Later on, a few canny adults discover books – and try out a similar move. They learn how to feel connected to a person who might have died in 1420 AD or 300 BC and who tells them important things with a freshness and clarity no one in their vicinity could match. They take to carrying this friend around with them in a bag wherever they go – and don’t mind if its corners get dirty or pages mottled. They stay up late with the friend and might weep at a tenderness and understanding that seems so far from what they would receive from their own acquaintances. A few of these adults even become writers, and day after day confide to a page what it feels so hard to express to others in person – a grown-up version of the very same move they might once have made in childhood, when their frayed bear patiently heard so many of their sorrows. Bookshops, the toyshops of big people, end up as peculiar places where our disappointments with others can be mediated and redeemed – and friends not found in life can at last be secured through the grown-up game we soberly call ‘art’.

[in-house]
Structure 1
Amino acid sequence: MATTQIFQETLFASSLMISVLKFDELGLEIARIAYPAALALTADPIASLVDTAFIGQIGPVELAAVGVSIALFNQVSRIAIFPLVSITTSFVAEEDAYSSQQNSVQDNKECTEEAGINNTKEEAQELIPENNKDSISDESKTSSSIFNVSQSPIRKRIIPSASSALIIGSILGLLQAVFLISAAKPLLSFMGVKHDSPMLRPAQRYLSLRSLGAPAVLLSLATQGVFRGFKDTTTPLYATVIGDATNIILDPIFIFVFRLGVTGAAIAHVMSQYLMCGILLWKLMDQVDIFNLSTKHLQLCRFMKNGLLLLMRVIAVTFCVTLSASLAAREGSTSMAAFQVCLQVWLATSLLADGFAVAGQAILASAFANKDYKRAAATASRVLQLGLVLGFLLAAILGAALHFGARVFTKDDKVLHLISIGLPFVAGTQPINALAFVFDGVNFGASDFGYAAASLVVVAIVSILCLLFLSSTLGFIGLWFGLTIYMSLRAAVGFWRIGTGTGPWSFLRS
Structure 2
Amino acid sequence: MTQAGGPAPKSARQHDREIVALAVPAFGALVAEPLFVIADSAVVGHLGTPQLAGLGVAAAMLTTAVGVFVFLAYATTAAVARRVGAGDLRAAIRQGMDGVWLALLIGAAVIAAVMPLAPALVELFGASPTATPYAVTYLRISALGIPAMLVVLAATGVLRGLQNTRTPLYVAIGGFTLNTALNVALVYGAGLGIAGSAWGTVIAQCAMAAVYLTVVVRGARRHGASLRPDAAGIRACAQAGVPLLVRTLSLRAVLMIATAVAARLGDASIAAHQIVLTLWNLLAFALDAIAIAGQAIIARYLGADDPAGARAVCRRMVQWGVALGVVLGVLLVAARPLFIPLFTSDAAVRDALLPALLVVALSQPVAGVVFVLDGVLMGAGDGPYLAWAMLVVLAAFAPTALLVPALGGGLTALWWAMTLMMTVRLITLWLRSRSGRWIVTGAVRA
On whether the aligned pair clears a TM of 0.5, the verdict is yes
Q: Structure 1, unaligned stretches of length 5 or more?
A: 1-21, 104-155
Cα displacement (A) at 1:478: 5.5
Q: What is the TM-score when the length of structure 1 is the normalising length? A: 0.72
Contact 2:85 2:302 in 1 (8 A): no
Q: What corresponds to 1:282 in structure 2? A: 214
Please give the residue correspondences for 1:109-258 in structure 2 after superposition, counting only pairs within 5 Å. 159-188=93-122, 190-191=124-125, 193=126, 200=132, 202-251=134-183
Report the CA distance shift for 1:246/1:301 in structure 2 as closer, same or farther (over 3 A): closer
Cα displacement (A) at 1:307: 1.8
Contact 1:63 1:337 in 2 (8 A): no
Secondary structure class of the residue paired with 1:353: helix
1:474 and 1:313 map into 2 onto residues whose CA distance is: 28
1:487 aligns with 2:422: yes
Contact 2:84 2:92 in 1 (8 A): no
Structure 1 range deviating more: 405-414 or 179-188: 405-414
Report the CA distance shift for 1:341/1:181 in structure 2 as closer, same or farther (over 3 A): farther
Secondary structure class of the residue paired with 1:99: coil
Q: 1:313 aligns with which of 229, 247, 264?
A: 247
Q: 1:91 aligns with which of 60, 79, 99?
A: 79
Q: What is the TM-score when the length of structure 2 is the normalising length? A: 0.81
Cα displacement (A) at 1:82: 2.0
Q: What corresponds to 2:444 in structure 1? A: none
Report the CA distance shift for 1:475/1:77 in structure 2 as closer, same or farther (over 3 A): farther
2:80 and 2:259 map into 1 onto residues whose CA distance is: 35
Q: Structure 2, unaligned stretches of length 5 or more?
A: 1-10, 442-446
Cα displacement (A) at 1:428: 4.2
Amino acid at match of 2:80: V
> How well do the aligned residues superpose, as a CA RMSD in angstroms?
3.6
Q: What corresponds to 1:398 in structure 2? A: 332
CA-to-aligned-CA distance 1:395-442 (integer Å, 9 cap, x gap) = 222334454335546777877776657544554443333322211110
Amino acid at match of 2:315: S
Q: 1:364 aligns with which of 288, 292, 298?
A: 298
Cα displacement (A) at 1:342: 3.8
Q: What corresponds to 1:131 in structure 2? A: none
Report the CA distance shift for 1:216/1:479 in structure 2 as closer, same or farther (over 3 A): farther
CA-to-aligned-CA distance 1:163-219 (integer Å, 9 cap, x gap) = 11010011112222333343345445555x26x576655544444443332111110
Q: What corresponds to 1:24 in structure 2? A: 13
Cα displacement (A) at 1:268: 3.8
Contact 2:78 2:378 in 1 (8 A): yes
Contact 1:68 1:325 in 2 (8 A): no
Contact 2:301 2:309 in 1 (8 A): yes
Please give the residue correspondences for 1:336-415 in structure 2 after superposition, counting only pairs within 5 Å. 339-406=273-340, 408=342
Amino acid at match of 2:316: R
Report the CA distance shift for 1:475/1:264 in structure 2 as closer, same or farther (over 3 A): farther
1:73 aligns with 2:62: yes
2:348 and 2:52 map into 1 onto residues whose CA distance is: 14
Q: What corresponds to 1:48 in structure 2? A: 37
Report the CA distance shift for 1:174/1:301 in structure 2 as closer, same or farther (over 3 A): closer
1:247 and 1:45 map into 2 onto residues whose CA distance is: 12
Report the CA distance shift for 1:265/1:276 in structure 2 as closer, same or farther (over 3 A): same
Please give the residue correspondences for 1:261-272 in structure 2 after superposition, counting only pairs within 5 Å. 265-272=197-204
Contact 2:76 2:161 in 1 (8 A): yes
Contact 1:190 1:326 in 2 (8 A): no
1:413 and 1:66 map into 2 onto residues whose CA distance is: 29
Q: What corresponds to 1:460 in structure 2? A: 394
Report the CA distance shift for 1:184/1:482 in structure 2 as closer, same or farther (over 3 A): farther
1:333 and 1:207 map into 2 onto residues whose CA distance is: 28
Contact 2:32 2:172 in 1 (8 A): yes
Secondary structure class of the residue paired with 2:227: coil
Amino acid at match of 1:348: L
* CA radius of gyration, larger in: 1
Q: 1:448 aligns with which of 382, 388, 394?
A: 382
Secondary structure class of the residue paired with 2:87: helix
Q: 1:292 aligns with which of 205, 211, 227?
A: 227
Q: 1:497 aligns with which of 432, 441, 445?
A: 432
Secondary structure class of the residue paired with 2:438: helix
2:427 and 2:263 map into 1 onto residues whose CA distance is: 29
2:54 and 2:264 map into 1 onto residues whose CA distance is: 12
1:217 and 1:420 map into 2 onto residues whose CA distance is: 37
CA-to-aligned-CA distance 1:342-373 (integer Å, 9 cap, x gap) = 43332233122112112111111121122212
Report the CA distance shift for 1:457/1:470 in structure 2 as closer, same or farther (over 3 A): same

The ideal position of play in life was explored by the Ancient Greeks. Among all their gods, two mattered to them especially. The first was Apollo, god of reason and wisdom. He was concerned with patience, thoroughness, duty and logical thinking. He presided over aspects of government, commerce and what we would now call science. But there was another important god, a diametrically opposed figure the Greeks called Dionysus. He was concerned with the imagination, with impatience, chaos, emotion, instinct and play. The ‘Dionysian’ involved dreams, liberation and a relaxation from the strict rules of reason. Importantly, the Greeks did not think that any life could be complete without a combination of these two figures. Both Apollo and Dionysus had their claims on human lives, both would lead to dangerously unbalanced minds if they were absent for too long.
When children have driven us to the edge of sanity with their games (along with the attendant shrieks, follies, upturned sofas and ruined saucepans), we should keep in mind how much we, weary guardians of Apollo, remain in debt to all that the young followers of Dionysus and their ever-present call to bend reality in the direction of our dreams.